Lyon Brave in Lifestyle, Professions, Workers, Careers, College Website Developer, Influencer, Content Creator, Advertisement, Marketing • Brave's World Jun 16, 2017 · 2 min read · 1.8K



Realistically,  it’s not possible to always be happy and always think positively, nor is that an honest way to interpret information. With that being said, when we are angry and crying, that is what privacy is for. Even when we strongly disagree with something we need to disagree with it in a calm manner. Anger will only lead to an explosion because you can’t fight gasoline with fire. 

Contrary to popular belief, other people matter just as much as you. As mentioned in my mindful memo, it is not our right to create drama and holler just because we are upset. In fact, this is the behavior of a child. As adults, we need to conduct ourselves with a certain amount of restraint at all times. This restraint not only means controlling our actions but our words.

We teach our children to be congenial and polite for a reason, which is to maintain harmony. It’s a social responsibility to be happy and harmonious when we enter the public space. It’s a social responsibility to cultivate and encourage positive thinking in others and ourselves.

Controlling our tempers is a social responsibility. As individuals we should control our wrath as best we can. If we let an enemy provoke us, it will cause more injury to us and others. The feeling of revenge is powerful and motivating, but it is wise to let these feelings die, so we can keep our life’s intact and not be consumed by hatred in one quick moment. If we allow someone to provoke us at a bar, the next thing we know our life is ruined, for one brief moment of anger. Keeping calm is always the best option because it guarantees us the most long-term freedom.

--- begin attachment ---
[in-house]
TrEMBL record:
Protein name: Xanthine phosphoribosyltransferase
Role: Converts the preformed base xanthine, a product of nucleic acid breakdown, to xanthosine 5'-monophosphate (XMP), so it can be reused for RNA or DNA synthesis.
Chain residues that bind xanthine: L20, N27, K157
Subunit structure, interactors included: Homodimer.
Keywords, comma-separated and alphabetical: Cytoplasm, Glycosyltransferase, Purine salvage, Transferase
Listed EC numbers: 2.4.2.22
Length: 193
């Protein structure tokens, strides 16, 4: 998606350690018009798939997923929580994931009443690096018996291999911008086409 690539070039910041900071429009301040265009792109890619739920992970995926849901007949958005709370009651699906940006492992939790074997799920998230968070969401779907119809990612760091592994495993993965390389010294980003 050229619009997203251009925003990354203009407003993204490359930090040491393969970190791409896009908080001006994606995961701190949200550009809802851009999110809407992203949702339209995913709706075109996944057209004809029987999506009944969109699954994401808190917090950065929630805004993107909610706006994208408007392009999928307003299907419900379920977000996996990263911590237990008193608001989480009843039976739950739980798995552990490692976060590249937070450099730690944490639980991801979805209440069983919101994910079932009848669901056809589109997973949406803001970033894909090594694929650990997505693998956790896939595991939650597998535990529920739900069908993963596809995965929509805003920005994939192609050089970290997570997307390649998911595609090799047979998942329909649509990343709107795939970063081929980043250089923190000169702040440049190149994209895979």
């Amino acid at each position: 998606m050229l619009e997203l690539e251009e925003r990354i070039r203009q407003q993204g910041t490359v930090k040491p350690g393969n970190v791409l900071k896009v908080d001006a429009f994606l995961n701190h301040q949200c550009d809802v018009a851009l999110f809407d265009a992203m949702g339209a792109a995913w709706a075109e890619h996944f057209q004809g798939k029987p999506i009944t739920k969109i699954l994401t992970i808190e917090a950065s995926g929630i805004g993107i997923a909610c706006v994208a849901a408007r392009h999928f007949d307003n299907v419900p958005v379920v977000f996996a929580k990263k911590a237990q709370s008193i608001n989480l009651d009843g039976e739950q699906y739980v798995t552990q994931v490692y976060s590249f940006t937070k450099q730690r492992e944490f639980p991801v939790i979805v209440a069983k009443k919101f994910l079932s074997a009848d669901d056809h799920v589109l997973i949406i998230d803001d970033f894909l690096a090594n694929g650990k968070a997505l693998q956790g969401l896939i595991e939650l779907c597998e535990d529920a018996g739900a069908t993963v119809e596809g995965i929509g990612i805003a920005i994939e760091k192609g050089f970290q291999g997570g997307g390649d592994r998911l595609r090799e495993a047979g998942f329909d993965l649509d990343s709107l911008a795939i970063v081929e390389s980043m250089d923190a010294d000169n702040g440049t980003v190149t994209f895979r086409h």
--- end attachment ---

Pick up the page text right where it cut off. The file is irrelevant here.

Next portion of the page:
The human race is only as strong as our weakest point. Humans forget they are a hive group or a herd. Humans are part of a pack. 

Humans are individuals second and members of greater civilization first. If humans are to be perfectly honest, we hate being alone. It’s unnatural for us and I say this as a huge introvert and someone who has spent most of my time alone. I love my alone time, but too much seclusion creates a misunderstanding of almost all information interpreted because when we are analyzing it alone we have no checks and balance system. We have nothing to indicate we have lost our minds and our completely delusional or wrong in our thinking.

The more we isolate ourselves and claim to have introverted preferences as a reason to do so, the more we become disconnected from humanity and reality. The more disconnected from humanity we become, the more we distrust people and the world around us. The more we isolate, the less we know how to engage and be human. Too much alone time leads to depression because it’s antisocial and antisocial behavior can lead to hate for the fellow man.

This is of course, a two-sided coin, as spending too much time with other people can create its own problems and delusions. To walk the middle path, there has to be a balance in all things. We need to talk to people. They help us understand ourselves and the situations we are in. How we talk to ourselves is crucial in our development and how we talk to other people is crucial to our development and theirs. Words matter. What we say has an impact. What we say has ramifications. We can shape others mental landscapes by how we speak to them, which is a great power to be aware of. If we are charismatic and influential in our speech we can shape countless people’s behavior just by having a conversation with them.

In the same vain if we are rude and judgmental, we could cause someone to become anxious, stressed and to ill-behaved. People are in control of themselves, but how we treat them affects them, and we need to take responsibility for this chain reaction that occurs within human interaction. A terrorist is made, not born.

Tricia Mitchell Jun 19, 2017 · #21